We got back to the truck with the sun just setting to the west. Night fell as we drove back to Sundance to spend the night. The lower clouds on the horizon broke up just a bit to allow a look at the full moon that was rising that evening. The glow of the moon light made me think about what Devils Tower would look like with the moon rising behind it. We just may have to get back here sometime for an extended stay to find out!

Spearfish Canyon Scenic Byway

To some extent, Custer State Park could be considered the heart of the Black Hills and, because of the rough topography, there are limited routes in and out of the region. One of the prettiest routes is to the northwest through Spearfish Canyon, our choice for heading on our way to Colorado.

The approximately twenty mile route is designated a scenic byway by both South Dakota and the National Forest Service and it’s a beautiful ride on a road laid out alongside the Spearfish Creek as it flows down from Cheyenne Crossing to Spearfish, dropping nearly 2000 feet in elevation.

The canyon is not extremely narrow, but at generally less than a mile wide the walls are close enough and high enough to give a sense of perspective. The road is curvy (but not at all narrow) and provides ample pull offs to stop and enjoy the scenery.

As we got to the start of the drive down from the Black Hills, I decided I wanted to enjoy the scenery and offered Kathy the chance to drive the route. It didn’t take long before we got to some pretty driving.

Historically, Spearfish Canyon was an important element to the mining history of the Black Hills. In the later 1870’s, gold fever hit the Black Hills, and the canyon became a route for the rush of miners and supplies as well as a major source of hydroelectric power that fostered development of the mines.

Today, the byway provides a scenic introduction to the Black Hills, including a couple of scenic water falls.

The first of the falls was Spearfish Falls at Savoy. We pulled off in the small resort town and found an excellent trail to the base of the canyon that provided a great view of the falls. The falls was only returned to its status as a premier falls in 2003, when the last of the flume diversions for hydroelectric generation were closed to restore full flow of the creek.

After our short hike, we continued down the canyon towards Spearfish, with one more quick stop to take a peek at Bridal Veil Falls.

This route out of the Black Hills was a refreshing change from the more commercial routes around Rapid City and a highly recommended alternative if you have the time.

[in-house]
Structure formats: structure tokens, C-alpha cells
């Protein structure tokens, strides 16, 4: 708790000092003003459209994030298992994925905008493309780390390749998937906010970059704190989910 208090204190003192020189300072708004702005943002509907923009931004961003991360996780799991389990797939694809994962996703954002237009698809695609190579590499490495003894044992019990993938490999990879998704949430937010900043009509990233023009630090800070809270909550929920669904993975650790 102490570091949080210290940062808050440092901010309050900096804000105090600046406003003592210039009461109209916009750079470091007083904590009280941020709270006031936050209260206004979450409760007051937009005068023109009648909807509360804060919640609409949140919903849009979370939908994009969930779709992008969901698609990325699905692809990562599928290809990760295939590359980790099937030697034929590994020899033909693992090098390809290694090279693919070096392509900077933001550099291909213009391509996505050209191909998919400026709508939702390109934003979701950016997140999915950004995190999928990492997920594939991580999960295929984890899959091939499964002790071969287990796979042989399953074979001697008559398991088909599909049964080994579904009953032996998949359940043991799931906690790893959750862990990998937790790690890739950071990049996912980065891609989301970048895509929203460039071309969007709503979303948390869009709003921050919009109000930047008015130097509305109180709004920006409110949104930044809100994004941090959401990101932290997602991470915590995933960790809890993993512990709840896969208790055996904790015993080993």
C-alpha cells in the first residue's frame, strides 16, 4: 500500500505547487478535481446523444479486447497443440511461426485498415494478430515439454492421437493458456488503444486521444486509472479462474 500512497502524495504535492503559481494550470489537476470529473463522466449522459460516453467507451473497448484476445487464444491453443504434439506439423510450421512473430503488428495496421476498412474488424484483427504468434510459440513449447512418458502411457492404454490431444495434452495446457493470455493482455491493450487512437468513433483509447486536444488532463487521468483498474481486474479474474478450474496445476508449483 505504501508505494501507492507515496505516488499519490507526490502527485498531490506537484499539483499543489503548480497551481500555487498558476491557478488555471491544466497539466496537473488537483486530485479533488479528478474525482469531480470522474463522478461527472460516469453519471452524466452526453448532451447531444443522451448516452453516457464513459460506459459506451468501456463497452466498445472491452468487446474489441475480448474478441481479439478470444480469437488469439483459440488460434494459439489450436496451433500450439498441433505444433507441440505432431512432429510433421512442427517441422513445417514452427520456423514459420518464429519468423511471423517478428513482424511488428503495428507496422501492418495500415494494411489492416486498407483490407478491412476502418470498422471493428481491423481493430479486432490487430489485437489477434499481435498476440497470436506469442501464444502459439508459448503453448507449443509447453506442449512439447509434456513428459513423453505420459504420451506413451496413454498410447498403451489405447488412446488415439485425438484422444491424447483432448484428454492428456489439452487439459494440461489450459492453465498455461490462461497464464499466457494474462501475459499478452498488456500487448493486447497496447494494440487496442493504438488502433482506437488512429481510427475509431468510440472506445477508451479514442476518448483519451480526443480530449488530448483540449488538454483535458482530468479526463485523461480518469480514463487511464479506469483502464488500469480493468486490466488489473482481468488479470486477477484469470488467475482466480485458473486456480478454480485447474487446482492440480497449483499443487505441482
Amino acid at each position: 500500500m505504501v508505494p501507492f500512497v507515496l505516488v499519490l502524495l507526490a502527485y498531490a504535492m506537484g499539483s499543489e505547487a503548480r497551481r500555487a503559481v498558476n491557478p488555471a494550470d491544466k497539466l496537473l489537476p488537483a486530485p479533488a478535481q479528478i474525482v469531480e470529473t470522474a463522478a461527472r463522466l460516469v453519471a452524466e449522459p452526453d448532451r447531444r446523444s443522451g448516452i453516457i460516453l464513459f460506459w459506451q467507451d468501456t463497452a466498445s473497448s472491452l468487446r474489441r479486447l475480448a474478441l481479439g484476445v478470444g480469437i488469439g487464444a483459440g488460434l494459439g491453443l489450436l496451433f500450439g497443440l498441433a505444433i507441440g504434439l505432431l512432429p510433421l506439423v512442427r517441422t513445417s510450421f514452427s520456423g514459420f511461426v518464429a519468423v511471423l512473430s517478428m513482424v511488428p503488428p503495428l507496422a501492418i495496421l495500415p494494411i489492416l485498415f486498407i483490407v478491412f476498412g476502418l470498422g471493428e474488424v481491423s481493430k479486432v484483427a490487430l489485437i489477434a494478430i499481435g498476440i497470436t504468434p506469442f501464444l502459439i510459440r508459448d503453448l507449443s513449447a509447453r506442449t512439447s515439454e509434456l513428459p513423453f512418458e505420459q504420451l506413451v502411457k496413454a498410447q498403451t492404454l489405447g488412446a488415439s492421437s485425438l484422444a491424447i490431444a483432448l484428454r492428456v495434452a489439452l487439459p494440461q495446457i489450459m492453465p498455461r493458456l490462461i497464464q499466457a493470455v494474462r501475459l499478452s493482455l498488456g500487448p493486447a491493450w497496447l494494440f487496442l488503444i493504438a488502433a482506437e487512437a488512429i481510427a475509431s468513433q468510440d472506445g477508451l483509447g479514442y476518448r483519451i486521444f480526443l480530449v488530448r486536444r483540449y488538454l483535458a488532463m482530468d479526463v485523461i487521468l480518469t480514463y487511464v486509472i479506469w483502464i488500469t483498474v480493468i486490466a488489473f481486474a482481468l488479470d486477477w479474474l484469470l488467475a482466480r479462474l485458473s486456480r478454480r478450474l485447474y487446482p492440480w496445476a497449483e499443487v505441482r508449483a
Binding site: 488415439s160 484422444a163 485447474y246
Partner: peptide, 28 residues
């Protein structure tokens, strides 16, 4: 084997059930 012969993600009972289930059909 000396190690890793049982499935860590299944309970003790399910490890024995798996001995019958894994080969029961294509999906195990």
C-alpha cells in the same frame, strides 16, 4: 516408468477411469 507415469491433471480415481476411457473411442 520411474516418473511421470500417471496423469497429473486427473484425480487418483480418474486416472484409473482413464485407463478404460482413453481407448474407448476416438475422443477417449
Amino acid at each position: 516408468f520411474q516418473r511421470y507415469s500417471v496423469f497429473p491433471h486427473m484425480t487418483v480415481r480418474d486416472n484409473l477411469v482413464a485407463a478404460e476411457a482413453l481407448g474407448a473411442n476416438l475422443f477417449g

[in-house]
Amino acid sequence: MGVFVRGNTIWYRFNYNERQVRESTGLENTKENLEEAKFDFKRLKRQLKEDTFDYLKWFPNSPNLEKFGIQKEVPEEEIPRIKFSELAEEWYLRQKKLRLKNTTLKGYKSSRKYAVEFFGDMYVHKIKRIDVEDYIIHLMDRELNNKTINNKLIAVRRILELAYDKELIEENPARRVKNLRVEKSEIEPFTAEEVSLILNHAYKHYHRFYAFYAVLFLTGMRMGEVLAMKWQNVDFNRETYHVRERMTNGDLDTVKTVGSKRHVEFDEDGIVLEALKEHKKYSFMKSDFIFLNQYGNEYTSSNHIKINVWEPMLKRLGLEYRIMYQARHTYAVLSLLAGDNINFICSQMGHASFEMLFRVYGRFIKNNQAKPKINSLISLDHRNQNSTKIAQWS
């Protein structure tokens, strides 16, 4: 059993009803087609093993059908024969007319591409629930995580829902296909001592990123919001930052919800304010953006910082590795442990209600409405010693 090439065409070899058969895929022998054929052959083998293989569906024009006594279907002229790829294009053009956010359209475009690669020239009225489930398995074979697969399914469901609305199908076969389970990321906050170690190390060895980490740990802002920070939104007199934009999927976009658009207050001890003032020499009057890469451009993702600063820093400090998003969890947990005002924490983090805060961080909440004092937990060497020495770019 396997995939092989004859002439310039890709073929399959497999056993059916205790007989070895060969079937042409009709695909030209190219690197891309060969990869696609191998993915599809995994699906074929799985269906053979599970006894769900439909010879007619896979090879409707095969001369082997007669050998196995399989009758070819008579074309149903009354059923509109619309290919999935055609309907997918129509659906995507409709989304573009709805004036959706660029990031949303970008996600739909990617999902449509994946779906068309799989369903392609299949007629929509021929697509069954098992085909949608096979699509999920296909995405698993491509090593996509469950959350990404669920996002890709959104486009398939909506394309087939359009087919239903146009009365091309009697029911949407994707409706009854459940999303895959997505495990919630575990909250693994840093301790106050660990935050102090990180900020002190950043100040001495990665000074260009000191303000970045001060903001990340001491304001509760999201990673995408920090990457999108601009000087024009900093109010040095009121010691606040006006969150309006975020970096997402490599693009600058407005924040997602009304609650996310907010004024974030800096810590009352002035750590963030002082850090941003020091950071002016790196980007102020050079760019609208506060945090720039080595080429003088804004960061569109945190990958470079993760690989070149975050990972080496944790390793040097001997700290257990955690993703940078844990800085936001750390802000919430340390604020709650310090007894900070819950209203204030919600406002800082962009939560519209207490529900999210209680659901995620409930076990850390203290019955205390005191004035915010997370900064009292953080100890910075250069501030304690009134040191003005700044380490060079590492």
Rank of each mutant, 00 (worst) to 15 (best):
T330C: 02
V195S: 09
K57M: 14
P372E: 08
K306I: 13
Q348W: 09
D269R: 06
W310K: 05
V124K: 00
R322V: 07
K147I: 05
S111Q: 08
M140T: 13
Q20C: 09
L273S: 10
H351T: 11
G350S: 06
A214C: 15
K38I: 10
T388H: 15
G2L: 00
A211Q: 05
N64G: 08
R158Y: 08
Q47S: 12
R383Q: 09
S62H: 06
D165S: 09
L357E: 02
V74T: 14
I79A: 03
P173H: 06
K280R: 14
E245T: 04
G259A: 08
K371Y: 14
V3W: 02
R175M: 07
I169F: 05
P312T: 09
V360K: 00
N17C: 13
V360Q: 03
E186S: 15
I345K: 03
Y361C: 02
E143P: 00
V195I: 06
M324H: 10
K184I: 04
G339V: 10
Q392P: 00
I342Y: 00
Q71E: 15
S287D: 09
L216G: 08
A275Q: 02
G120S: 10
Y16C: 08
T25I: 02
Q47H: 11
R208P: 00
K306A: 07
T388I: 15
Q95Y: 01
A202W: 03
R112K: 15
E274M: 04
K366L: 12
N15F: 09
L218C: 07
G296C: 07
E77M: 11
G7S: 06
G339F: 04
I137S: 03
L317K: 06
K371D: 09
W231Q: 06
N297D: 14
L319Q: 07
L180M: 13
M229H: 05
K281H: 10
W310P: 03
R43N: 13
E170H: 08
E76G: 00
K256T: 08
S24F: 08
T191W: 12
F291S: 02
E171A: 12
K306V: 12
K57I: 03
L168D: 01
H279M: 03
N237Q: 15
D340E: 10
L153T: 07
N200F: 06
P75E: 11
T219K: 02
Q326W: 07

Day 6 – Breakfast with Betty Boop and On To Wyoming

With our stay in Custer at an end, it was time to get back on the road to visit the kids in Colorado. Under normal “hurry up” conditions, we would have cut down directly to Cheyenne and then picked up the Interstate to Colorado. But we’re retired now – so we planned a bit of a side trip, a more leisurely and scenic drive.

But first things first – we needed a good breakfast for the road.

Because we were camping and a good breakfast makes for a lot of clean up, we opted for a local restaurant conveniently on our route. It had been recommended by the camp ground host when he stopped by our campsite the night before we left.  He said it was a good local diner in Custer that was famous with the locals for their breakfast. He couldn’t exactly remember the name of the place (“It has ‘Place’ in its name”), but he said it was on the main drag through town on the block just past the food store.

The information was sufficient. Just after passing the food store, we saw the small orange and black clapboard sided restaurant just off the corner, the sign out front announcing “Our Place – Good Food, Good Friends”. It was obviously a locally owned establishment and, based on all the cars and trucks parked nearby with South Dakota plates, a favorite in town.

We parked the truck and went on in. Greeting us at the door was a large Betty Boop statue. Little did we know that the statue was setting the tone for the overall decorating theme.

As we stepped inside, it became apparent the place paid homage to anything Betty Boop, Harley, and Dead Head rock.

Even past the morning rush, the restaurant was busy with only a few tables open. A waitress rushing by took a few moments to give us a friendly welcome and point us to a table. She came back shortly with waters and menus, promising to come back shortly for our orders. We ordered our food and Kathy used the wait time to take a tour of the restaurants collection.

Although Betty Boop was the primary decorating theme, things Harley and Dead Head Rock weren’t far behind, and sometimes they all came together in a glorious mix of memories.

Besides the entertaining décor, the food was classic diner fare, very good, with healthy servings. If you get to the Black Hills and find yourself in Custer State Park in need of a good local place for breakfast or lunch, we can definitely recommend Our Place!

With a good hot breakfast in our bellies, we headed out to Wyoming by going north in South Dakota along a scenic byway through the Spearfish Canyon and then cutting west towards Wyoming to make a stop at Devils Tower.